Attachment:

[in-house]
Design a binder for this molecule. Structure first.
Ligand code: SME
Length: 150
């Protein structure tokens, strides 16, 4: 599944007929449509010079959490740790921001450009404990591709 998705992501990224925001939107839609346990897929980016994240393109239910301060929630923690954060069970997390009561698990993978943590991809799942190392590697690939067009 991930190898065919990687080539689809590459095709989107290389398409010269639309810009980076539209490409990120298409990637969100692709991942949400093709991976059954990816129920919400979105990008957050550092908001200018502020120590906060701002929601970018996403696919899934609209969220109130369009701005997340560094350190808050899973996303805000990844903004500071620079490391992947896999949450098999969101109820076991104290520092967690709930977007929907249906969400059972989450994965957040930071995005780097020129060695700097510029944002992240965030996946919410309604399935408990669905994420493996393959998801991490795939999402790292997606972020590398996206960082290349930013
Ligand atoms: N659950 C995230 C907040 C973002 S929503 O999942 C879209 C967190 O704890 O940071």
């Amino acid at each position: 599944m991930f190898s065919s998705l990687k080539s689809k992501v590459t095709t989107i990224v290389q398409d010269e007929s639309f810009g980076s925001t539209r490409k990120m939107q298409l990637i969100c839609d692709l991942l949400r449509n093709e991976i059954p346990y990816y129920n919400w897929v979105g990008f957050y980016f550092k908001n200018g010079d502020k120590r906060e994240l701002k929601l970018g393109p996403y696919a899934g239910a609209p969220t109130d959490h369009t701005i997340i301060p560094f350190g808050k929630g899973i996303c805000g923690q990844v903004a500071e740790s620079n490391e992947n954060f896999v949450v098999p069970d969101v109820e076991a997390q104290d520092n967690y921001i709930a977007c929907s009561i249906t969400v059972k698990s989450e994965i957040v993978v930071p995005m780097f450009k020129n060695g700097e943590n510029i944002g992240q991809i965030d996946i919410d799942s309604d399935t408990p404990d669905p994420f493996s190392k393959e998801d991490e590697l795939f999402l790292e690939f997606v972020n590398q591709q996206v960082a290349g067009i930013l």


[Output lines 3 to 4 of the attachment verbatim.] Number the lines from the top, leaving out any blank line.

Ligand code: SME
Length: 150